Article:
Dr. Stuart Chalk, professor of chemistry, presented several talks at the 256th American Chemical Society Meeting in April.

  • Chalk presented “Putting FAIR into practice for chemical data.”
  • With Robert Hanisch and Daniel Hutzschenrueter, Chalk presented “Making units of measure FAIR: Current efforts to digitize the SI system of units”
  • With Dylan Johnson, and Caleb Weber, Chalk presented "SciFlow: A Django/Python workflow system for processing SciData formatted JSON-LD.”
  • With Chalk, Montana Sloan, chemistry undergraduate student, presented "Moving thermodynamic data into the open: Crosswalking NIST TRC data to the SciData framework.”

Dr. Dylan Johnson, postdoctoral faculty, with Dr. Stuart Chalk, presented a talk at the 256th American Chemical Society Meeting in April: "SciDataLib: A python library for generation of SciData framework files in JSON-LD.”

Dr. Medhat Khedr, visiting chemistry faculty, published the chapter “Biobased polyamides” in Physical Sciences Reviews.

Dr. Amy Lane, associate professor of chemistry and director for the Advancement of Women in Natural Sciences, has received a $324,000 award from the National Science Foundation to continue her work to decipher nature’s methods for creating a group of naturally occurring molecules known as diketopiperazines that offer a variety of potentially useful applications in medicine, agriculture, and other commercial enterprises. Learn more about her research grant.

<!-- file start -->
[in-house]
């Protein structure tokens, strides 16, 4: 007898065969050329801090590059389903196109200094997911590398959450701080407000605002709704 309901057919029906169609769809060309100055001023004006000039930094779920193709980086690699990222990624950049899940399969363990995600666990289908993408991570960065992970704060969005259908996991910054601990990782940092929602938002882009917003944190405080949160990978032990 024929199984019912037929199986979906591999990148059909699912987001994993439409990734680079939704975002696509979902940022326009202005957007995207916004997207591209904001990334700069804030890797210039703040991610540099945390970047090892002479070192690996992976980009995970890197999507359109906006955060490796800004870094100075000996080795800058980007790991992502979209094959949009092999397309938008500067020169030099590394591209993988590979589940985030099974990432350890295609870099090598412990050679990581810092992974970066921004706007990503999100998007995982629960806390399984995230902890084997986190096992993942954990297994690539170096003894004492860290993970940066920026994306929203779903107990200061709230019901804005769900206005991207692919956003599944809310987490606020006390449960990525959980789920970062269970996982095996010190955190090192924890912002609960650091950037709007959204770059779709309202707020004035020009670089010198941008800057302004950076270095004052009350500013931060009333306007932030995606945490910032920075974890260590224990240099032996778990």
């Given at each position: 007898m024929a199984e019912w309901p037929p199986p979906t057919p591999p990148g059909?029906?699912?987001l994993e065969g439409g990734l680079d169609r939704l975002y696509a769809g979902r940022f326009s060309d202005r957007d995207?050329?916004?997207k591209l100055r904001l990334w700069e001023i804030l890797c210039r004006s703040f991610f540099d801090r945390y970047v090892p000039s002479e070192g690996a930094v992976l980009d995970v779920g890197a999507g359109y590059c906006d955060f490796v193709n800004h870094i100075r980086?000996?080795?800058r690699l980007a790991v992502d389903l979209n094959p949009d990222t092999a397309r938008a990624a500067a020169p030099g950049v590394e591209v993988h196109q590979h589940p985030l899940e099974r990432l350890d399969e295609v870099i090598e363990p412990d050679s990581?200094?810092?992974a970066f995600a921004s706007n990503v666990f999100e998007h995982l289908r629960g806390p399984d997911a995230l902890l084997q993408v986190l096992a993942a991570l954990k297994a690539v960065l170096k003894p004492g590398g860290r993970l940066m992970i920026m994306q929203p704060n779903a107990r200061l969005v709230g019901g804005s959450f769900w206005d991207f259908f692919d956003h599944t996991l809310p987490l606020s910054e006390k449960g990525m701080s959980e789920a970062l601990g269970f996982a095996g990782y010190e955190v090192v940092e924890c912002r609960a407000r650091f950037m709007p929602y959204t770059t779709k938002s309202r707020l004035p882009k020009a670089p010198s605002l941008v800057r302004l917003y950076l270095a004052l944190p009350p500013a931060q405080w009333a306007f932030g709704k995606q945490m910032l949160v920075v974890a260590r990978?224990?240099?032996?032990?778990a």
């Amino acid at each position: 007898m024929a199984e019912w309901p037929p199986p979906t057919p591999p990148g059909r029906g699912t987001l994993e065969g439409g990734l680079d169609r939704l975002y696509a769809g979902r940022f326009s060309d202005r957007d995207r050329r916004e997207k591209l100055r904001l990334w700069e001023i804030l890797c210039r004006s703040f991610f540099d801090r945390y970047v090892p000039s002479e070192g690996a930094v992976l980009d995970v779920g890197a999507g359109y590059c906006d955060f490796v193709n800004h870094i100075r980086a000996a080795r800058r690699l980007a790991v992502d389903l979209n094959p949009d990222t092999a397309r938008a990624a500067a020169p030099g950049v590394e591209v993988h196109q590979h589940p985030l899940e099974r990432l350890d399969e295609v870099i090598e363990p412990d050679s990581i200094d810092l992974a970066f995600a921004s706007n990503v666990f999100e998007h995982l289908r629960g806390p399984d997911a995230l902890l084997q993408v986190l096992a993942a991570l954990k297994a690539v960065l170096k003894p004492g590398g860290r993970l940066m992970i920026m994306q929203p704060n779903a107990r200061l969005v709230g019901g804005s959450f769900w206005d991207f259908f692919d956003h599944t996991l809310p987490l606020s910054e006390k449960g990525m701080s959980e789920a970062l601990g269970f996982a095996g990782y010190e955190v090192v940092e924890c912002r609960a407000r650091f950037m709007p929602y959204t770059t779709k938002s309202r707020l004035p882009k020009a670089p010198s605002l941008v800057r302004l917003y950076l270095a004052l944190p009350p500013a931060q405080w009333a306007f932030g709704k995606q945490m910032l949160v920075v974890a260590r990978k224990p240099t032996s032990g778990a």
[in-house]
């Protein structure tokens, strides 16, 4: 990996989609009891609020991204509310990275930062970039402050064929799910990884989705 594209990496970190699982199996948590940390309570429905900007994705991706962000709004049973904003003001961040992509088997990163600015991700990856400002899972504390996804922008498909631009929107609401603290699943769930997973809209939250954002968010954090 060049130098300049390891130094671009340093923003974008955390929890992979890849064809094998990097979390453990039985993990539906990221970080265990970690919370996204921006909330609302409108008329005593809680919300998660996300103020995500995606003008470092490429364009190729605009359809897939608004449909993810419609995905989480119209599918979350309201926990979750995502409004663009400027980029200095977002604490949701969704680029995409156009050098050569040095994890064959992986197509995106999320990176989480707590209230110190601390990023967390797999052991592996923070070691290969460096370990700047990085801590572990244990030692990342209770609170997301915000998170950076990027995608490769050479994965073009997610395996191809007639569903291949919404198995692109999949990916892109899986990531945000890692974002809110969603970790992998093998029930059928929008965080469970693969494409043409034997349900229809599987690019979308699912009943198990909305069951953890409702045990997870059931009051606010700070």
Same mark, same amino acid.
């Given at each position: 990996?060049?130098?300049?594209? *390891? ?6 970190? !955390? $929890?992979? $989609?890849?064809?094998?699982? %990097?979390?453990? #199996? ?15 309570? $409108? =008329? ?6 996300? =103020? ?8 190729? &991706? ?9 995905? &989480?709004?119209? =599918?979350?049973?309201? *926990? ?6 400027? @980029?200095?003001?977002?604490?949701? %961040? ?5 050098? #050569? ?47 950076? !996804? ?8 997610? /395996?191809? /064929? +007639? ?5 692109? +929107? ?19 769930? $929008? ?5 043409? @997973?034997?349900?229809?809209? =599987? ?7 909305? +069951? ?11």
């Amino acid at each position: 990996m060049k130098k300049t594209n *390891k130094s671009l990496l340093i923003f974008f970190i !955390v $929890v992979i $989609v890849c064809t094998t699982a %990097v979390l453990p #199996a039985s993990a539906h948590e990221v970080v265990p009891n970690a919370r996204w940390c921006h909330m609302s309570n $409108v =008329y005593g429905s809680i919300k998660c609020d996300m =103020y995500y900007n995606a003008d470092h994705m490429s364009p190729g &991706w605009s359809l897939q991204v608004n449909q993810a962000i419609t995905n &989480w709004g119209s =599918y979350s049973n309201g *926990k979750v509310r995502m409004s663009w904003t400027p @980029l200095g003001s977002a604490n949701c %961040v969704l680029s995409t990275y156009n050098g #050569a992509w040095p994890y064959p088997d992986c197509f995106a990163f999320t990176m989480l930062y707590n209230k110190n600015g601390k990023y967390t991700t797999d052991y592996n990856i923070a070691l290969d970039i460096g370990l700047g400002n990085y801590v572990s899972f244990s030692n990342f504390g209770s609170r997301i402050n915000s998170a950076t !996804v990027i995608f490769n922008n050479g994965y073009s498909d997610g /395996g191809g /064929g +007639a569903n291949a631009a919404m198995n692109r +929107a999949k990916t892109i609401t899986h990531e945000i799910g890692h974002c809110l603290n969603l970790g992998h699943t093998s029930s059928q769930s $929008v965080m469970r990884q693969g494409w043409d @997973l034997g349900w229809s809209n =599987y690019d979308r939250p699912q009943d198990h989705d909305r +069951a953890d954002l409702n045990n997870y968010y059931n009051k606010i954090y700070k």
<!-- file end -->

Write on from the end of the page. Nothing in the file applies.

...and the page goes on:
Criminology and Criminal Justice
Dr. Kristina M. Lopez, assistant professor, and Dr. Holly V. Miller, professor, published the research article "Social Bonds and Latino/A Victimization: An Examination of Mediating and Moderating Effects" in the Victims & Offenders, 1-20, (2021).

Dr. James Beasley, associate professor, with co-author Kimberly Eckel Beasley, published the book "Dramatism and Musical Theater: Experiments in Rhetorical Performance" in April.

Dr. Keith Cartwright
, chair and professor of English, and Dr. Jillian Smith, associate professor of English and film, premiered their documentary film “Kóokayen ku k’a’ajsik u chiich / Luciérnaga que receurda a su abuela (Firefly that Remembers Its Grandmother)” (co-directed with Dr. Dolores Flores-Silva) at the International Book Fair of Yucatan in April.

Dr. Nicholas de Villiers, professor of English and film, published the chapter “Male Sex Work in Documentary Films: Rhetorical and Ethical Frameworks,” in "The Routledge Handbook of Male Sex Work, Culture, and Society,” April.

Dr. Chris Gabbard, professor, presented the paper “‘That Secret Something’: Invisible Mental Disability and the Trope of Exclusion,” at the American Society for Eighteenth-Century Studies (ASECS) annual conference in April.

Dr. Laura Heffernan, associate professor, received a glowing review for her new book, “The Teaching Archive,” in The Chronicle of Higher Education.

Dr. Clark Lunberry, professor, presented the art installation “Haunted Words | Or, Drowning My Library,” at Karpeles Manuscript Library as part of the exhibit “Th3Rivers, A Contemporary Exploration of the St. Johns Lower Basin,” April.

Dr. Maureen McCluskey, visiting instructor, directed the play “J. Caesar” at MOCA Jacksonville in April.